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It’s Official: The Top 15 Builders in the Top 50 Retirement Markets

Category: Retirement Real Estate

June 9, 2015 — We were very flattered recently to see a story from, “The Top 15 Builders in 2015’s Retirement Magnets“, which used Topretirements’ “100 Most Popular Retirement Towns” as the starting point of its research. The online publication basically looked at our top 50 towns (chosen on the basis of visitor popularity on our site), and then determined which companies build the most homes in those markets. It was an intriguing idea with at least one very big surprise.

Quantity Built
Let’s start with a big surprise: the #10 builder is…. Habitat for Humanity. So at least we know from the beginning that there all kinds of builders in our 50 most popular retirement markets – not just those catering to the retirement set. The builder with the most closings in these markets is D.R. Horton, which had 3124 and 776 closings in 2014 and the 1Q 2015 respectively. Next highest was Pulte Homes, which tallied 2146 and 331 in those 2 periods. The top 5 made up 33.1% of the market share by closings in 2014 for all 50 towns. Most of the remaining 12 companies on the top 15 are household names in the active adult community sphere – Lennar, KB Home, WCI Communities, TRI Pointe, David Weekley, Meritage Homes, the Ryland Group, etc. Snagging the #15 spot on the list was the Ryland Group. Many of these companies are advertisers on, which we greatly appreciate (and it’s a mystery to us why a few are not, given the fine people who visit this site!).

Builderonline has an interesting chart that shows the number of closings and median selling price for each of the 15 builders. One of the things that it shows is the tremendous variation of price points among these companies. For example (not counting non-profit Habitat for Humanity), KB Home had the least expensive homes of the group with a median closing price of $212,700. Topping the list in the stratosphere was TRI Pointe Homes with its $1,000,000 median price. Six builders had a median price in the $200’s, while several were in the $400s.

See the full list
You can see the list of the top 15 at The Top 15 Builders in 2015’s Retirement Magnets.

Comments? Do you have any comments about this survey – if so please post them in the Comments section below.

Posted by Admin on June 8th, 2015


  1. What I would like to know is which builder has the fewest complaints or lawsuits filed against them. Just because it’s a big company doesn’t necessarily mean they do the best work. Humans are involved after all.

    by Bob — June 10, 2015

  2. I’m interested in “Tiny Homes” less than 1000 sq. feet. Not mobile, prefab or converted buses, trailers etc but built on a foundation in warm climates. Why do over 55 plus or retirement communities have to have 1500 or more square feet? Or is the problem that builder’s don’t favor these homes because they are not money makers?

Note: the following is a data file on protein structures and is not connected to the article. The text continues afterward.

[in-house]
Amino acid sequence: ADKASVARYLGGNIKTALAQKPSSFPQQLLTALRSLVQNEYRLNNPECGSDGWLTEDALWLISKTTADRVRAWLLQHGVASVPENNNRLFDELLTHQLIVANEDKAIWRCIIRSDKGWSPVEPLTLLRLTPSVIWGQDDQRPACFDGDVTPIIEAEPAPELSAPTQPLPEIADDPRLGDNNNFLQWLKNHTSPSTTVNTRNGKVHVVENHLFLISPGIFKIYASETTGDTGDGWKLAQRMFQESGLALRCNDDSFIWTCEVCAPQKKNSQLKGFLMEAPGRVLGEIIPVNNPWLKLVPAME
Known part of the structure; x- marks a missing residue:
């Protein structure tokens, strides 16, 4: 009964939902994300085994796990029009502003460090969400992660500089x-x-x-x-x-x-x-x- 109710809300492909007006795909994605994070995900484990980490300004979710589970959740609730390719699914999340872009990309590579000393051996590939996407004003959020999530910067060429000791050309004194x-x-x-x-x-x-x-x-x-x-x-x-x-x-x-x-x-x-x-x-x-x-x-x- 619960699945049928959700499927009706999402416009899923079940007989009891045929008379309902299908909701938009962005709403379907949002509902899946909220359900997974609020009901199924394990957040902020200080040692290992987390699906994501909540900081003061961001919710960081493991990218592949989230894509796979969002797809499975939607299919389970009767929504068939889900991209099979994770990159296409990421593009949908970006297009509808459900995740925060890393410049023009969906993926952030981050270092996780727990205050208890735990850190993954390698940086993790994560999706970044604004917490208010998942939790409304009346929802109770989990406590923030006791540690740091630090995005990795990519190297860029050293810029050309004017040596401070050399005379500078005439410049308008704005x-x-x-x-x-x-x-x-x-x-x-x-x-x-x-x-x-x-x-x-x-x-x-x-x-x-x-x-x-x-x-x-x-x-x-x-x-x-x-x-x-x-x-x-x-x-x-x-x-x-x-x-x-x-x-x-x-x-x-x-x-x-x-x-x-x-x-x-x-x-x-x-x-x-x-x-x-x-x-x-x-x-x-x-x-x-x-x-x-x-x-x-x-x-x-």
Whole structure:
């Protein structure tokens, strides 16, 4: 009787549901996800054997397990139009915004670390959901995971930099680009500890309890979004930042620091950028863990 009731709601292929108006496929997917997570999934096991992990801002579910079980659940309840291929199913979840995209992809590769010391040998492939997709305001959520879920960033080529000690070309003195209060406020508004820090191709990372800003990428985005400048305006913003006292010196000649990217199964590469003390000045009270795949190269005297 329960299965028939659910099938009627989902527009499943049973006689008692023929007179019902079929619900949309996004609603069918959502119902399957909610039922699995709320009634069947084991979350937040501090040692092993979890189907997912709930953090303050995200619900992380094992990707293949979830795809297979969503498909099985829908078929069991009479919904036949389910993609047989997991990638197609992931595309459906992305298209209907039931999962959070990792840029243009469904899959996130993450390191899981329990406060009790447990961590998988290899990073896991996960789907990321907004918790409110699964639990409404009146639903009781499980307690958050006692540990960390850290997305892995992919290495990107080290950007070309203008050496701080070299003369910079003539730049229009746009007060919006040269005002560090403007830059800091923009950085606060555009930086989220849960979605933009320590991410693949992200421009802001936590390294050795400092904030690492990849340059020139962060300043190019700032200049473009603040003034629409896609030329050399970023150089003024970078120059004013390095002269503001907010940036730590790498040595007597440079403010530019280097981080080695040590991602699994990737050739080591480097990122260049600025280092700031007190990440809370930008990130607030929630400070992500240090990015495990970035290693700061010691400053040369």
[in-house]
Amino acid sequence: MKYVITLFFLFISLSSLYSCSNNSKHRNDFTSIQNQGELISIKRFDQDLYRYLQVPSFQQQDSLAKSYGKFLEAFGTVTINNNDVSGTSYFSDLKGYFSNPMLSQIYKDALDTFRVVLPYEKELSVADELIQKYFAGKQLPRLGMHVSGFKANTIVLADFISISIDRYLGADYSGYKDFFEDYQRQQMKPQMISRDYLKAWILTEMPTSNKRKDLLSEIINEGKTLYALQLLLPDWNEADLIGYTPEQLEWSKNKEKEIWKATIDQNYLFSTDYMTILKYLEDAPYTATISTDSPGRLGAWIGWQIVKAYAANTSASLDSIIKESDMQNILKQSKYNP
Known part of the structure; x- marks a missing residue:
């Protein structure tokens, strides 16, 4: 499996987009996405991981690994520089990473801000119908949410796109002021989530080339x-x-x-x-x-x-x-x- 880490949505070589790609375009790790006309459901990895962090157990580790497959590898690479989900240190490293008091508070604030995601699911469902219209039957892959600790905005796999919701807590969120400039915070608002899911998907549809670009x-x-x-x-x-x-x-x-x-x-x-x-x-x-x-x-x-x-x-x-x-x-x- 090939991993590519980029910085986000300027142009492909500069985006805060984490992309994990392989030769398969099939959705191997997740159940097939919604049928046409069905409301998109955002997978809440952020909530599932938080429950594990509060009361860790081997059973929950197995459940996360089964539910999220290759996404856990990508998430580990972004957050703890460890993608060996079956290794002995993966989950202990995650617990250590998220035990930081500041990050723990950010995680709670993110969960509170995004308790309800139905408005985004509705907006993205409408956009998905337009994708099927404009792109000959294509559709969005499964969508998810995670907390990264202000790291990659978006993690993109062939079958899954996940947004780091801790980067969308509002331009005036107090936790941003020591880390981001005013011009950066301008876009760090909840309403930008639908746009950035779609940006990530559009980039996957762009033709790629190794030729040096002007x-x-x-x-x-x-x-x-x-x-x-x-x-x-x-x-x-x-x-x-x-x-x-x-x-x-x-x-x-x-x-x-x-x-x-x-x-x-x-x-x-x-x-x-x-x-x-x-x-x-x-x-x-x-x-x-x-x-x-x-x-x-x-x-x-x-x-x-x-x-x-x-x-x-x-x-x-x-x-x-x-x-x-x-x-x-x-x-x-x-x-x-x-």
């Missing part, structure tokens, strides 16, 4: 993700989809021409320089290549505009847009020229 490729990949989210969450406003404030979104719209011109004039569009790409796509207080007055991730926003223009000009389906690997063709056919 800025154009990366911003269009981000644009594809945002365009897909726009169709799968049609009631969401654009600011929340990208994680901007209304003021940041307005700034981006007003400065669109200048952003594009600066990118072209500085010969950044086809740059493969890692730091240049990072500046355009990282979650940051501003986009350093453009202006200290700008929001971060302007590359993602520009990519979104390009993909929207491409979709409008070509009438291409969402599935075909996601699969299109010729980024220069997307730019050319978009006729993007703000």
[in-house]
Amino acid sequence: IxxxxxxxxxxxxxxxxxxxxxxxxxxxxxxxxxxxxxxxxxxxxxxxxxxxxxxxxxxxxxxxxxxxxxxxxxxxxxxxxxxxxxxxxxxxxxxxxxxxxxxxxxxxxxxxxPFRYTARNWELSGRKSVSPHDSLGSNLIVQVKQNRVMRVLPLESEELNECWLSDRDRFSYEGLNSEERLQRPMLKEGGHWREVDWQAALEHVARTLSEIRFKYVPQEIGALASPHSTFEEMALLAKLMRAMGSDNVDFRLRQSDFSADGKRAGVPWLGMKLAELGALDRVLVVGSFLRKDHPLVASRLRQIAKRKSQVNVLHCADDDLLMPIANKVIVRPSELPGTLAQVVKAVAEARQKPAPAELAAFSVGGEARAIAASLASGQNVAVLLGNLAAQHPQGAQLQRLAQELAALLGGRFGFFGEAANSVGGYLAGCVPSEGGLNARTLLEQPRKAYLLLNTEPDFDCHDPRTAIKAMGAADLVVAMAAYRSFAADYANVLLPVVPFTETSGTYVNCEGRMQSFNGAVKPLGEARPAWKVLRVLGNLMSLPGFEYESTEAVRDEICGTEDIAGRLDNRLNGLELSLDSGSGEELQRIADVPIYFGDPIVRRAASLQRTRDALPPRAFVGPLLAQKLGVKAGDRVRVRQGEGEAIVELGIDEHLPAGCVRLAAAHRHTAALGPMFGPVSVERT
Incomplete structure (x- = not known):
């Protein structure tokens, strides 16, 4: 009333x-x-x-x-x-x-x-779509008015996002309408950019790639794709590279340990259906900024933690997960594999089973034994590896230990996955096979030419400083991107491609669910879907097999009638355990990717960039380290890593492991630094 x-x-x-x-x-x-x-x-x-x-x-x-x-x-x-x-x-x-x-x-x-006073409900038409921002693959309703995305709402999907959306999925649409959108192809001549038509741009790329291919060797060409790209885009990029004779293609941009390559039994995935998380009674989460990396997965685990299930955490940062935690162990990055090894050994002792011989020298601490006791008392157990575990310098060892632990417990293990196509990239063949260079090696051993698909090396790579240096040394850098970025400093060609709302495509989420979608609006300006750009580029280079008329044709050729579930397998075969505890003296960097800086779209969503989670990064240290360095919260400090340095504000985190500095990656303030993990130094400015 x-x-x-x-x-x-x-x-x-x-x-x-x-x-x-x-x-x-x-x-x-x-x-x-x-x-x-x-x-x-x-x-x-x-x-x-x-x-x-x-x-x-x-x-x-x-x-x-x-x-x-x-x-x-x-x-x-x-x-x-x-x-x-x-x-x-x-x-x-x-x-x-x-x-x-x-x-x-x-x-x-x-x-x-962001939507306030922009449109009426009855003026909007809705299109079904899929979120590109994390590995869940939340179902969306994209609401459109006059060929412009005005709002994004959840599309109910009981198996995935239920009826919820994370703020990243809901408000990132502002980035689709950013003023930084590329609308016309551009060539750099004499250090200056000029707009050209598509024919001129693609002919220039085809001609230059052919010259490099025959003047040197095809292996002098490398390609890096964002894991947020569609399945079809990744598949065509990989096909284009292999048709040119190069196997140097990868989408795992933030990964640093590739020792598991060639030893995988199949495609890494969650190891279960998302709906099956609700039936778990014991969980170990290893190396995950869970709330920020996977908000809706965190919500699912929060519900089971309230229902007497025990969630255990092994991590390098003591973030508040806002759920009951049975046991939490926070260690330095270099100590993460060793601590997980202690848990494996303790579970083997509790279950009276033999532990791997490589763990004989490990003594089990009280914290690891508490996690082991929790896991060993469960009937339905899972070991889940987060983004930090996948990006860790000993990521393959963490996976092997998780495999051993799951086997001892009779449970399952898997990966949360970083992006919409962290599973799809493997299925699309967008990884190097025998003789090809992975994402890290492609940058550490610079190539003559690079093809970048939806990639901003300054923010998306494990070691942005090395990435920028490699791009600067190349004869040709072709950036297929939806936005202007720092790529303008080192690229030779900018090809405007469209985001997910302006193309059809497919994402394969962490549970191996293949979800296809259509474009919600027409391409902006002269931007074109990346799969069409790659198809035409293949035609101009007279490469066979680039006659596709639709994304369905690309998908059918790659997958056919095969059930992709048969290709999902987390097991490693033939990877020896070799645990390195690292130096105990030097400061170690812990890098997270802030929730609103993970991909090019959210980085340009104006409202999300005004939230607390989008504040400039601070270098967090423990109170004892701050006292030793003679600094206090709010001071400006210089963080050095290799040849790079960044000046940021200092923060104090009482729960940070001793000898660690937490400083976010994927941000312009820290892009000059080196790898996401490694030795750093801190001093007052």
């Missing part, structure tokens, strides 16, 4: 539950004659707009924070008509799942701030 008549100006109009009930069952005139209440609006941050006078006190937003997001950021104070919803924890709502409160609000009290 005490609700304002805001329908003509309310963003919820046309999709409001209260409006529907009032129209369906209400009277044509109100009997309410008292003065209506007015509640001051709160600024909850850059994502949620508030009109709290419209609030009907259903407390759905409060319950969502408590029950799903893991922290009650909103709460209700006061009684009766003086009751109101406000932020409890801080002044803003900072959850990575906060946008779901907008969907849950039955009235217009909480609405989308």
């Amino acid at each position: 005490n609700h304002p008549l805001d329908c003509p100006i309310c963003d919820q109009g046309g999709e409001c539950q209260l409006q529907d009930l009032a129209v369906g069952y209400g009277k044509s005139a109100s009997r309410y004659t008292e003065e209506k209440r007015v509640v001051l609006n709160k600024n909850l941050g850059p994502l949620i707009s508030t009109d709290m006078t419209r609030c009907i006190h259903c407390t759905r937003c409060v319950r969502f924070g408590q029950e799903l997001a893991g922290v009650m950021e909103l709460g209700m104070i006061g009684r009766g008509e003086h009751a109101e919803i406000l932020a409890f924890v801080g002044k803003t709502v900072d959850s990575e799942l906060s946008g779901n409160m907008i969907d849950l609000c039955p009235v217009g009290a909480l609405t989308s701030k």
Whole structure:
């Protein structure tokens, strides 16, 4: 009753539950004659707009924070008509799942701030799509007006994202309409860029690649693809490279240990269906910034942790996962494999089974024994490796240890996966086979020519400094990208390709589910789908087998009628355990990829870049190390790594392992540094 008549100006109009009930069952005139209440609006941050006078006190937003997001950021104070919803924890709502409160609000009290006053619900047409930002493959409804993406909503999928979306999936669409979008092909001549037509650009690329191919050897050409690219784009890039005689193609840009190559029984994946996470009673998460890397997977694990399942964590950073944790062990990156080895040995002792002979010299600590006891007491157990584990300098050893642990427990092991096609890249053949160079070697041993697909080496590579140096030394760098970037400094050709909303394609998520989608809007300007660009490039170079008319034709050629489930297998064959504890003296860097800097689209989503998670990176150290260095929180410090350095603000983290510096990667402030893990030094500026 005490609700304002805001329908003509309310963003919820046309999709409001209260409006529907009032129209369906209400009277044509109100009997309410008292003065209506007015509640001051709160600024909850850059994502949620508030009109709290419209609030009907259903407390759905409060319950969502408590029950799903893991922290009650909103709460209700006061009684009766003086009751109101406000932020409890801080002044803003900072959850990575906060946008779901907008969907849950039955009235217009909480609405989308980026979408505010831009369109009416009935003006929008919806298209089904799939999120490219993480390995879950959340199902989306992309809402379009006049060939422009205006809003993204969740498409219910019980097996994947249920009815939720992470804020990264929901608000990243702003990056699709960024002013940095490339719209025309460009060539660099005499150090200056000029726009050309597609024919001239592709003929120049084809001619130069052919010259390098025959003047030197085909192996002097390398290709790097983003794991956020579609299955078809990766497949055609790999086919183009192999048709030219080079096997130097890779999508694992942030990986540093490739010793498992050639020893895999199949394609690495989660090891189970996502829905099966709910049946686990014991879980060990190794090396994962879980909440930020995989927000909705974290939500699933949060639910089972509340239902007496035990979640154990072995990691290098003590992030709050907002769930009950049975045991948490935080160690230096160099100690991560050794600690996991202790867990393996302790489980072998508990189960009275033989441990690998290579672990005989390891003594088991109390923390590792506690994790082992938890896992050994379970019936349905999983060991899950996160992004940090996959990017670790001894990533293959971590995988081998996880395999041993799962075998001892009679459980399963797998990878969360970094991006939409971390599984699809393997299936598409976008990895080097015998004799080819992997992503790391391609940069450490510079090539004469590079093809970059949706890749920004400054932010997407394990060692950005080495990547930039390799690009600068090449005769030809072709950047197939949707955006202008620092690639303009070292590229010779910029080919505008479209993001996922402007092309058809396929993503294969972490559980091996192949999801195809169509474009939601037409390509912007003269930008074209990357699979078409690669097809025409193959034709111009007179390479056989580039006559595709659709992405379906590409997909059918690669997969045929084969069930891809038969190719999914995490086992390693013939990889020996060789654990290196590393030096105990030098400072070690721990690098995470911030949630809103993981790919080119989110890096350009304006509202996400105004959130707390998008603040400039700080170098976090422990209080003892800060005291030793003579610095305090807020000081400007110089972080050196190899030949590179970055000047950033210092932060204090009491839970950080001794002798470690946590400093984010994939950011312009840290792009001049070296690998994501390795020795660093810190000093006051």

by pat cooney — June 10, 2015

  3. Pat,

    I work for a national public builder, and yes, you are partially correct. The tiny homes are not as big of a money maker. If you think about what the real cost of building a home is, it is the kitchen and bathrooms. I think most 55+ buyers want 3 bedrooms or 2 bedrooms with an office space. Likely want 2 bathrooms as well. So, when you are building a kitchen and 2 bathrooms, the rest of the house, aside from electrical and HVAC, is just drywall and air, which is cheap. If you can get more square footage, many times there is more profit.

    On another note, I don’t think the market for tiny homes is very big (no pun intended). Our research shows that people don’t actually want less space, they just want less maintenance. So I think the sweetspot for a lot of these homes is actually around 1800-2000 SF, so long as they can be easily maintained, by having communities that take care of the outside work and landscape maintenance. In my experience, people who have lived in larger houses don’t want to downsize that much….for instance, my parents and many of their age ~60 friends live in ~3500-4000 SF homes from when they had kids, and now they are looking for 2500-3000. It all depends on where you are coming from. In the south, people tend to live on larger lots with bigger homes. Downsizing is all relative.

    by Max — June 11, 2015

  4. I have a D.R. Horton home in North Carolina. Nice house but very bad customer service from D. R. Horton! Once you close it takes them a long time to resolve issues. If anyone is buying a house built by them I would recommend that you get all issues with the house resolved before you close. Once they have your money they take their time resolving your problems.

    by Maria — June 11, 2015

  5. For finding complaints, simply google the builder’s name + complaints. Or go to http://www.consumer and surf. Just remember that you’re getting onlyl the negatives.

    by OldNassau — June 17, 2015

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